A belt sander produces a lot of dust in a short time, so be prepared to brush the dust off as you go.  We used a drafting brush, but you can use any method that quickly removes the dust.  Air compressors and leaf blowers are other options.

The next step is to cut the wood into cubes.  If you want the yard dice set to work for Yahtzee, you will need 5 cubes for each set.  You make cubes first by measuring the newly sanded wood post width.  It can be helpful to use a Combination Square with a slide.  You want the height of each cube to match the width.  Take a measurement across the width, then mark the same measurement along the height.  If you are using a combination square, measure the width and screw the slide down.  Then you can use the same length with all your measurements.  Make your mark legible.  You will be cutting each piece and then measuring again.

Once you have made your first mark, you will use the miter saw to cut along the mark. Be sure to cut along the outside of the mark as the blade on the miter saw has width and will shorten the entire length of the cube if you cut along the center.  Once you cut one cube, measure from the bottom and cut again.  The next steps are to measure, then cut, then measure, then cut, etc. until you have the number of cubes you want or your entire post has been cut into cubes.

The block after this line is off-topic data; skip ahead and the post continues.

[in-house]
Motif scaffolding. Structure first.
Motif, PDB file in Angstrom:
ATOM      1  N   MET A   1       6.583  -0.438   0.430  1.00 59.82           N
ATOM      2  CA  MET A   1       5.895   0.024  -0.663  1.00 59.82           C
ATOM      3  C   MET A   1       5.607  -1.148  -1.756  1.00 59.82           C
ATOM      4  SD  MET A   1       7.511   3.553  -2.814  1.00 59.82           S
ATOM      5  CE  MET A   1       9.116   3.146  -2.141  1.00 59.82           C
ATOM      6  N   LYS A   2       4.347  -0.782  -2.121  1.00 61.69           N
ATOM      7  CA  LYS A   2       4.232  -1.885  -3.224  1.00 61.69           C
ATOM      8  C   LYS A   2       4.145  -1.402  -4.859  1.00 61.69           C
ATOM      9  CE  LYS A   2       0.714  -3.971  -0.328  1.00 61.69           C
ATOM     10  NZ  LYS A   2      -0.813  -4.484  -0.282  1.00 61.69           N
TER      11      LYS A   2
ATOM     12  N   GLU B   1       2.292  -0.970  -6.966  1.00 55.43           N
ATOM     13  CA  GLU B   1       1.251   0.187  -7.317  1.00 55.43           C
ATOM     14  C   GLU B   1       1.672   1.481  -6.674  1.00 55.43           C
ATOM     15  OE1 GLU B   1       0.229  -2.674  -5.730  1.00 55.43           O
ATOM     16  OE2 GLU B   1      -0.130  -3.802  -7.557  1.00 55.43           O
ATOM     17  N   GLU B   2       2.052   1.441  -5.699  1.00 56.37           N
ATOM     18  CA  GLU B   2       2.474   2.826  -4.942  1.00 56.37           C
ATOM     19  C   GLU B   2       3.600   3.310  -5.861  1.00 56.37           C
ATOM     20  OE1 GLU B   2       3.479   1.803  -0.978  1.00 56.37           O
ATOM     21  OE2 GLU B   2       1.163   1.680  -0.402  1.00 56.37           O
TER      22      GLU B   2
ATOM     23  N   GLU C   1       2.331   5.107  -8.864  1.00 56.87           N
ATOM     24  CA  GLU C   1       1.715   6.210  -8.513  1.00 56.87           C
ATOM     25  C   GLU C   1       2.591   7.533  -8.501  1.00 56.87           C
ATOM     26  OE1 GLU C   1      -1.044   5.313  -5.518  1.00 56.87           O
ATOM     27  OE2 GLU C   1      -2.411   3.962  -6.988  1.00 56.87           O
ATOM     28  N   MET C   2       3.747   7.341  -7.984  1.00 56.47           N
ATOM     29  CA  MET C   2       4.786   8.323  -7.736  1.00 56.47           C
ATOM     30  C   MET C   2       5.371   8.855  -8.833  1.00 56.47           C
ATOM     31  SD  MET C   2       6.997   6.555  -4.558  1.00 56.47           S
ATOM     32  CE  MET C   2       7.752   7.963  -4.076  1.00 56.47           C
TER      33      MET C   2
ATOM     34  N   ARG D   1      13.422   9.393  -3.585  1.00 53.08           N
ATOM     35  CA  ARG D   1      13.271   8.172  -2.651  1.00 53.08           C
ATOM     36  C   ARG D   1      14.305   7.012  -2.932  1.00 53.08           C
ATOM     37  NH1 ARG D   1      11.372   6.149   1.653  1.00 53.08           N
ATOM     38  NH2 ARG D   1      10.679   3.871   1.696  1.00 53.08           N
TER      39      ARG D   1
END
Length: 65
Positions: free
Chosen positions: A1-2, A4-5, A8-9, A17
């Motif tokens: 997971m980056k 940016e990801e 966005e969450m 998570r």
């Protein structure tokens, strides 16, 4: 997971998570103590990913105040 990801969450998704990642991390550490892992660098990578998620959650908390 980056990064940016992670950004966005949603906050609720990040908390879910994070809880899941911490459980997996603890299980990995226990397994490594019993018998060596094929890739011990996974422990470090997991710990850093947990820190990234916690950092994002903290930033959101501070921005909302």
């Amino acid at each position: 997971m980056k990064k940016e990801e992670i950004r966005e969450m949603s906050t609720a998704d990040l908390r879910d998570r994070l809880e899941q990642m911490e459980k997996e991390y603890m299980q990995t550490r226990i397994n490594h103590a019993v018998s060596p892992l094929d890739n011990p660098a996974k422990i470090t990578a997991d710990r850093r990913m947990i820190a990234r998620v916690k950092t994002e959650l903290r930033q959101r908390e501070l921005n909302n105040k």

The final step is to sand the edges and burn the dots onto each side to make dice.  The goal of sanding the edges is to prevent anyone from getting a splinter.  We used 220 grit sandpaper and got any areas that were rough.  Sand each side down and pile all of your cubes in sets.

Once the edges are smooth, you can burn the dots.  You can use any wood burning tool, but we found that the Versa Tool had a large flat circular head included, which is convenient.  Screw the large circle into the tool base (before you heat it up).  Use pliers to make sure it is in tight.  Plug the tool in and turn the dial on to the hottest setting.  Once the tool is hot, burn your dots using a store bought die for reference.  We’ve done everything from marking where each dot carefully to eyeballing it and eyeballing works just as well.  If you are creating a lot of dice, it is best to start with the six-dotted side and burn those six dots onto one side of all the dice first. As you burn, you will note that it takes a few seconds to make the mark and some sides burn more quickly than others. You will get the hang of burning as you go along.  Once one side is completed on all the dice, flip the reference die in one direction and flip all the burned dice in the same direction.  Burn the same number of dots on the next side, making sure to match it exactly.  Do this until all sides have been dotted.

*if you do not wish to purchase a versa tool, you might be able to use a soldering iron or just a plain sharpie marker.

The final step is to create a container for your dice.  We like using a canvas drawstring bag.  You can personalize the bag using stencils and fabric ink.  If you want to use your dice for Yahtzee, you can download yahtzee score sheets online and print them on kraft paper to include with the dice.  Now you are ready for your next barbecue!